The Work Injury Report - Volume III

Pain Syndromes, Fibromyalgia and Work & RGW Results in Fibromyalgia Cases

Pain Syndromes, Fibromyalgia and Work

Do you ever feel like you were run over by a truck when you awake in the morning? Do you get home from work and just want to collapse in front of the televisions? Do you have aches and pains all over your body and you don’t know why? When you go to bed, do you find yourself doing everything but sleeping? Do you feel depressed more often than not?

While you may not know it, you may be suffering from fibromyalgia, or from a similar pain syndrome.  And believe it or not, your work could be a cause of it.

Fibromyalgia is a syndrome which affects a great number of people in the workplace.  It cuts across a broad spectrum of workers, including teacher, grocery workers, secretaries and office personnel.  The syndrome is diagnosed in women disproportionately, although it is found in men as well.  Criteria for diagnosing fibromyalgia are:

  •      Tender points
  •      Fatigue
  •      Sleep Disturbance
  •      Musculoskeletal Pain

People who are diagnosed with fibromyalgia or other pain syndromes or other pain syndromes, however don’t always have all of the symptoms. Those symptoms include:

  •      Depression
  •      Anxiety
  •      Headaches
  •      Irritable Bowel Syndrome
  •      Jaw Pain
  •      Memory and Concentration Problems
  •      Variety of Physical Pains

While medical science now widely recognizes fibromyalgia as a concrete debilitating condition, there is still some debate concerning its diagnosis.  Some doctors may refer to the symptoms as myofascial pain syndrome or chronic fatigue syndrome, but no matter what you call this illness, one of the underlying explanations for the cause or aggravation of the symptoms is clear…work.  Specifically, the physical and emotional stress of your job can be responsible for the adverse effects fibromyalgia has on your health.  In other words, your work often has a detrimental effect on your body’s ability to maintain its homeostasis or health balance.

In addition a great deal of information and research indicate that one traumatic event such as a car accident or a slip and fall injury, can act as a catalyst or trigger to the development of many symptoms, ultimately leading to fibromyalgia or another pain syndrome.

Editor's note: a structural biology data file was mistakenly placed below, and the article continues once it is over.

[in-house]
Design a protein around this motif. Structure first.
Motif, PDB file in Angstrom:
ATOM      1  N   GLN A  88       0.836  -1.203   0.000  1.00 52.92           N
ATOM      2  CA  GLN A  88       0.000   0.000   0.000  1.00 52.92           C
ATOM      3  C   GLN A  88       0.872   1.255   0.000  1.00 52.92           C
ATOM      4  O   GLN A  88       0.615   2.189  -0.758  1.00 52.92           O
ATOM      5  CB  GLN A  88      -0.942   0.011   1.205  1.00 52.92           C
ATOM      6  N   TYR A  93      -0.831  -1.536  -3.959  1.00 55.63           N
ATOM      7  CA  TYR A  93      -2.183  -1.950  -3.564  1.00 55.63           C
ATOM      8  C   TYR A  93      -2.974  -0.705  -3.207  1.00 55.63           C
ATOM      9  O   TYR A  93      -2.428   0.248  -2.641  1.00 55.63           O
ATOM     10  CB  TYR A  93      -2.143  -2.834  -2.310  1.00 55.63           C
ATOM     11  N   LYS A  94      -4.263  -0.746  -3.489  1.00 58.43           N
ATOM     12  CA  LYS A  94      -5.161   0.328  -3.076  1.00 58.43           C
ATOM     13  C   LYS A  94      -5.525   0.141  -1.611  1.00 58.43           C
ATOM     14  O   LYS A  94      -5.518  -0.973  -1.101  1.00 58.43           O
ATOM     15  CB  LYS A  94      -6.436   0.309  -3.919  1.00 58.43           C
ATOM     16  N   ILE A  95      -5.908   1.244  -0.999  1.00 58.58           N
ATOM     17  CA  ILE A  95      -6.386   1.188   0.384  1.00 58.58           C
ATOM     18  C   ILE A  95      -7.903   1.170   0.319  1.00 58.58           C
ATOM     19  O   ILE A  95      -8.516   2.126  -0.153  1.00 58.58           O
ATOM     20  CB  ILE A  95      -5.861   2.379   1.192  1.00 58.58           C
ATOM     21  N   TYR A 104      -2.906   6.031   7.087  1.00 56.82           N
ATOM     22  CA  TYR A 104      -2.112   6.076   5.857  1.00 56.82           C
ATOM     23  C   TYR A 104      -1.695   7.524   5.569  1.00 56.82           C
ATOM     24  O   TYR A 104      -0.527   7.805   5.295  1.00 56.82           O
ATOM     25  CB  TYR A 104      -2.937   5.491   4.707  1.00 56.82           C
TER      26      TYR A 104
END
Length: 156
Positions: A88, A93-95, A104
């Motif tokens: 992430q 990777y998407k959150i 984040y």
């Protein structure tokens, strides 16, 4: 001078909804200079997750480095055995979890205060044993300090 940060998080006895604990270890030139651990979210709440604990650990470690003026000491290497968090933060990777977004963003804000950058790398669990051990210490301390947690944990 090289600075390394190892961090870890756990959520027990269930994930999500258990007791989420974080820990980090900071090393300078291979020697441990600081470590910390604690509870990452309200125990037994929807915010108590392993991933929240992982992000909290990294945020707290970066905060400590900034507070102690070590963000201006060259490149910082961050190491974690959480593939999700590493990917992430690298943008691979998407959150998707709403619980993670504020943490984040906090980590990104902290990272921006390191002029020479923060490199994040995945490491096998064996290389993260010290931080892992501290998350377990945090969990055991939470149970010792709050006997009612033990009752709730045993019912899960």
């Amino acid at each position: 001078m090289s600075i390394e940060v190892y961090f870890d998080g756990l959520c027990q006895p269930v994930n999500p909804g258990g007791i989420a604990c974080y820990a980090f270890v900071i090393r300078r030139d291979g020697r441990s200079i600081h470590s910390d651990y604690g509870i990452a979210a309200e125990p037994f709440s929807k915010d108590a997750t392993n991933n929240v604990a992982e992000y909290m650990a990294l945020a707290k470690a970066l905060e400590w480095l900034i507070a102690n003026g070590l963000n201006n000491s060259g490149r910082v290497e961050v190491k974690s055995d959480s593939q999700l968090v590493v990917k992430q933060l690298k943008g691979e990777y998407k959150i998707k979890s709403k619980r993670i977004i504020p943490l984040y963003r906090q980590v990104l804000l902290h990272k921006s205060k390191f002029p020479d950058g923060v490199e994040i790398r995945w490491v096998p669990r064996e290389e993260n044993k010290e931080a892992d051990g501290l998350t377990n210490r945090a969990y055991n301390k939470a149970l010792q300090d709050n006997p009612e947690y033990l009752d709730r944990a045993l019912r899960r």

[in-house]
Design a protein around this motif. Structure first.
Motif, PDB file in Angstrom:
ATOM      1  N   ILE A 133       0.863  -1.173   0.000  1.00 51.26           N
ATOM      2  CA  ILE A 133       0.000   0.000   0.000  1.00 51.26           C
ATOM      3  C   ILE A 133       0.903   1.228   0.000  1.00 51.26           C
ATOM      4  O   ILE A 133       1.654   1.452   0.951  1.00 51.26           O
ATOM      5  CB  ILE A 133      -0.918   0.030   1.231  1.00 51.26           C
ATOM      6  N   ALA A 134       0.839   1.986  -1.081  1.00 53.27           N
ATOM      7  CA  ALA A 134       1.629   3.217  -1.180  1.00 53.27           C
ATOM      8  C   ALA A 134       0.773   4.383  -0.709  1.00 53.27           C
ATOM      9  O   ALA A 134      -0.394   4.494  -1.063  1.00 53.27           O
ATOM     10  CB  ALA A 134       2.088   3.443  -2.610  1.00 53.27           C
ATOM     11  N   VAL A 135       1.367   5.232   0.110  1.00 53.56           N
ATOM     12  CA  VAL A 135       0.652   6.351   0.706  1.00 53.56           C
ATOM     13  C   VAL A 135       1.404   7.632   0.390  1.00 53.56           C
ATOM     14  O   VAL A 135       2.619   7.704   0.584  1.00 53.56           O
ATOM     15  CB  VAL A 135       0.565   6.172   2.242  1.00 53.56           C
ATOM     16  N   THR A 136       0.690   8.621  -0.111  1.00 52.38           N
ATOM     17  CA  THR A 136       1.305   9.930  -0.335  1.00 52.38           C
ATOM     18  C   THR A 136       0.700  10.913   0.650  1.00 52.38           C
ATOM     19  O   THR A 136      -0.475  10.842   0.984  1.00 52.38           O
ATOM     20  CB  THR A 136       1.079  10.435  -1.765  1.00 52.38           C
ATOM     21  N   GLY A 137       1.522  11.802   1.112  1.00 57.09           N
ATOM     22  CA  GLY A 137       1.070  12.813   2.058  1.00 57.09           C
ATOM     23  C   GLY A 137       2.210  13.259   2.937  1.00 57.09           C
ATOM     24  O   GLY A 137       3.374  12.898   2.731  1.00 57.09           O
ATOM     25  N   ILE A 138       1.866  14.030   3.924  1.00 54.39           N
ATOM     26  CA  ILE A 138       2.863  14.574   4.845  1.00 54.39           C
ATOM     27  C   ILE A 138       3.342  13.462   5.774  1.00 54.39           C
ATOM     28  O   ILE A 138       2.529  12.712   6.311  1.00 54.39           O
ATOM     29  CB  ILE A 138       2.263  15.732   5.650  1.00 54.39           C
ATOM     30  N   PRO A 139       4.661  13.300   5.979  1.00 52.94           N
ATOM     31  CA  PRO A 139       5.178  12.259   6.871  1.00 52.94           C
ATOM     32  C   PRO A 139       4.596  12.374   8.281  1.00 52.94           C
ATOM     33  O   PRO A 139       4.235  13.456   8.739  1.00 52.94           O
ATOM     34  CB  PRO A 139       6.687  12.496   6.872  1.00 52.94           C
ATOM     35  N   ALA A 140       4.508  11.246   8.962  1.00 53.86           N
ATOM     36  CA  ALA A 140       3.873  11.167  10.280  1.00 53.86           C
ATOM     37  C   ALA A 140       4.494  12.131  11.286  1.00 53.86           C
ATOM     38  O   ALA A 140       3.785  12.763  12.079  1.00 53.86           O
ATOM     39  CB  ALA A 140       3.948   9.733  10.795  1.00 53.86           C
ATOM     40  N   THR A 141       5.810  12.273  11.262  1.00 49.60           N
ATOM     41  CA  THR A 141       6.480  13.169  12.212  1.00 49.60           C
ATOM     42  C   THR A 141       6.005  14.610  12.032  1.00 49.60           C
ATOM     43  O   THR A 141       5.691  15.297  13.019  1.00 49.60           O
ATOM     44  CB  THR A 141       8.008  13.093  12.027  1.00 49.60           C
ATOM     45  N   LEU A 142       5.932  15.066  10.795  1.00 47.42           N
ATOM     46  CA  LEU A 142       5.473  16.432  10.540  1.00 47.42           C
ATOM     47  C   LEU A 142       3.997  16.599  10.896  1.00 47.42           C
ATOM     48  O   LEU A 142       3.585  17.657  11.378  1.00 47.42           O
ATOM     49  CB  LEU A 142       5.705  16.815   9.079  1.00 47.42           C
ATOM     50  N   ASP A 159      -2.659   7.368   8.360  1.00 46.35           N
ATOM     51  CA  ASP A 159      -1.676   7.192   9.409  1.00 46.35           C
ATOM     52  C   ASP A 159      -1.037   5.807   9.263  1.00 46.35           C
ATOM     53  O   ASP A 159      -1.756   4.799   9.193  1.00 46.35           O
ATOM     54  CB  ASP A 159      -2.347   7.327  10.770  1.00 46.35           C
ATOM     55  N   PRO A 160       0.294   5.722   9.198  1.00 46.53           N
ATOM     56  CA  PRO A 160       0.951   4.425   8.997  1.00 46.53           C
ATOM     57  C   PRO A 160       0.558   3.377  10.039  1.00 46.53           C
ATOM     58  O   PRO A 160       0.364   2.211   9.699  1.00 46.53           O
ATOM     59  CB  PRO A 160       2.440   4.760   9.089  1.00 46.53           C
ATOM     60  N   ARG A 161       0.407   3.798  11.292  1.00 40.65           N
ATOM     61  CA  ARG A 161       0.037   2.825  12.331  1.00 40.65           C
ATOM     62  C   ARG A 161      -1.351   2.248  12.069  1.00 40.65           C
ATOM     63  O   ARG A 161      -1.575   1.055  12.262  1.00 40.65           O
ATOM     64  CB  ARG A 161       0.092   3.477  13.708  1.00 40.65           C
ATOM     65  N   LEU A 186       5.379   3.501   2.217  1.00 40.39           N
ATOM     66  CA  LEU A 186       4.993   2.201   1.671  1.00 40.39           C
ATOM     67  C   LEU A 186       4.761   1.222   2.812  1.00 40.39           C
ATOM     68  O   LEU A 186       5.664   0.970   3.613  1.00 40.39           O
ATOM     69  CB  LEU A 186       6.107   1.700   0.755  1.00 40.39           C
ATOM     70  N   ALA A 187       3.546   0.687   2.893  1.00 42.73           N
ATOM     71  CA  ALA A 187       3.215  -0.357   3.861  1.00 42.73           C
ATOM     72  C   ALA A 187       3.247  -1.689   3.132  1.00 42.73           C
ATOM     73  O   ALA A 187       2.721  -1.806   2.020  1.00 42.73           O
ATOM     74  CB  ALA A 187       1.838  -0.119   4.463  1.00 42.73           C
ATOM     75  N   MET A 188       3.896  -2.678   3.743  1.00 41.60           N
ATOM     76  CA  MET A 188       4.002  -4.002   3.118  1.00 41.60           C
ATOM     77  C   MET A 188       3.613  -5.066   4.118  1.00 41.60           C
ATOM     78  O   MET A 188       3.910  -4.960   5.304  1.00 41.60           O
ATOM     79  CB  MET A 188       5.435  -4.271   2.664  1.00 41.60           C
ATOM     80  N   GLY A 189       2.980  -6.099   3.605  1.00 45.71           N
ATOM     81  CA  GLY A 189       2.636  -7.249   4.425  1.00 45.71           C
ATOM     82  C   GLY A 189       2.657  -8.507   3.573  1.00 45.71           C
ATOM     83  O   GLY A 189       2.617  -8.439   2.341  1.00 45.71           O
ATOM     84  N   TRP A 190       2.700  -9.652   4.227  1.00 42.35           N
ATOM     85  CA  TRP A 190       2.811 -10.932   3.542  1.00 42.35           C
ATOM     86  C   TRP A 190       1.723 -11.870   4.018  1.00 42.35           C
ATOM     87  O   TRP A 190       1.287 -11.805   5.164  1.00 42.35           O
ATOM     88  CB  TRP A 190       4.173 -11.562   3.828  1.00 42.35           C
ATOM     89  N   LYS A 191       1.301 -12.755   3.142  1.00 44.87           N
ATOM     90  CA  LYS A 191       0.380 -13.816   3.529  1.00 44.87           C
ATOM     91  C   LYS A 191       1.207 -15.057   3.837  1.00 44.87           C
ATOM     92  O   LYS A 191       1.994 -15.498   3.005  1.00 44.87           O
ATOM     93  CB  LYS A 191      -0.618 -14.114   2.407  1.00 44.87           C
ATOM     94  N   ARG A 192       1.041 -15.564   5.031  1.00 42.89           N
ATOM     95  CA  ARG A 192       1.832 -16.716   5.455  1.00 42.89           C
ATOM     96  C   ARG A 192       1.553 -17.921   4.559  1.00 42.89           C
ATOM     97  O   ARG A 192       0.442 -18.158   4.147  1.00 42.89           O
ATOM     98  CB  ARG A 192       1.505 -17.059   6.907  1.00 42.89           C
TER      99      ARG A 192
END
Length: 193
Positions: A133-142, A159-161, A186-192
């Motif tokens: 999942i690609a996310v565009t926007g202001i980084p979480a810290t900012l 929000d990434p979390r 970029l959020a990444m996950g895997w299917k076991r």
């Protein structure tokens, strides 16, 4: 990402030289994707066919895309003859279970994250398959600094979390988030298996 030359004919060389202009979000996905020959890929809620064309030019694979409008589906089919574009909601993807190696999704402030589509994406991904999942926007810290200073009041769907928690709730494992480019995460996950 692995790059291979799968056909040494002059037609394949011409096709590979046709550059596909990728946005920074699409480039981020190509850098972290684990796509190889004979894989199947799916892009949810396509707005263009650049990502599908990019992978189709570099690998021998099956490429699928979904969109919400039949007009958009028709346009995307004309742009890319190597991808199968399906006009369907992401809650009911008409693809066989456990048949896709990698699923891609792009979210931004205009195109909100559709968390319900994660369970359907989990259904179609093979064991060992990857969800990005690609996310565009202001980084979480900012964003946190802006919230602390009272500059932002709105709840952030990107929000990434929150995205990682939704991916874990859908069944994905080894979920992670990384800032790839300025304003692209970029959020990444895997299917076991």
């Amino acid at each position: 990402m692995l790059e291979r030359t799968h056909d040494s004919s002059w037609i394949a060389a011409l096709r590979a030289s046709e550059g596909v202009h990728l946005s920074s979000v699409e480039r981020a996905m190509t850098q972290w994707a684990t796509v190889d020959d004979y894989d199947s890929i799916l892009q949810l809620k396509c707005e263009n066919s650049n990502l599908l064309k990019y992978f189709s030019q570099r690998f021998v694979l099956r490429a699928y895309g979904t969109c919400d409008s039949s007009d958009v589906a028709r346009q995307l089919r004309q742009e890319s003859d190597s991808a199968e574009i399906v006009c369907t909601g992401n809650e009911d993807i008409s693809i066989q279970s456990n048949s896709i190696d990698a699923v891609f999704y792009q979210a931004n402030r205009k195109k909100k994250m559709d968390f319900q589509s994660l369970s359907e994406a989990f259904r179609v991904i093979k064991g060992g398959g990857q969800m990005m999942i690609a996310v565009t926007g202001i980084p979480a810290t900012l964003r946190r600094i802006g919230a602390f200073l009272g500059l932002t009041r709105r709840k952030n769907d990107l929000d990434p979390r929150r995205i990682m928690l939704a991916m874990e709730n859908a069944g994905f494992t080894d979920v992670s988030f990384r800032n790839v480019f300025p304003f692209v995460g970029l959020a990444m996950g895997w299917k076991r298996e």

Fibromyalgia may be diagnosed by various doctors, including orthopedic doctors, chiropractors and rheumatologists.  Typically the doctor will give the patient a tender point examination, poking 18 different tender point arears which are found throughout the body, such as in the neck, shoulder, chest, hips, elbows and knees.  If there is sensitivity in many of these 18 points, the fibromyalgia diagnosis may be made.  The diagnosis may also be made based on a combination of tender points and other symptoms the patient experiences.  It is not necessarily required that a tender point analysis be the basis for a chronic pain syndrome diagnosis.

It is very important to seek out treatment for fibromyalgia and its concurrent symptoms. A pain-syndrome suffer will only get worse if treatment is not sought in the early stages of the condition.  While that may mean taking some time off work, it is important to do so, so that you will be able to return to work and ultimately manage your life and health effectively.  Many times when fibromyalgia or a different pain syndrome is diagnosed and reported to the employer, it can be established that it is work-related.  Then workers’ compensation benefits should be provided.  These benefits include treatment and temporary disability pay.  If multi-level treatment programs are implemented, the patient has a good chance to maintain relatively good health in the future.  The workers’ compensation system may provide for future care for fibromyalgia.  These may include physical therapy, swimming pool therapy, medications, a less rigorous work schedule, exercise programs, sleep therapy and counseling.  Importantly, a fibromyalgia patient must avoid physical and emotional stress.  Some jobs need to be modified so that the worker is not exposed to high levels of stress on a regular basis.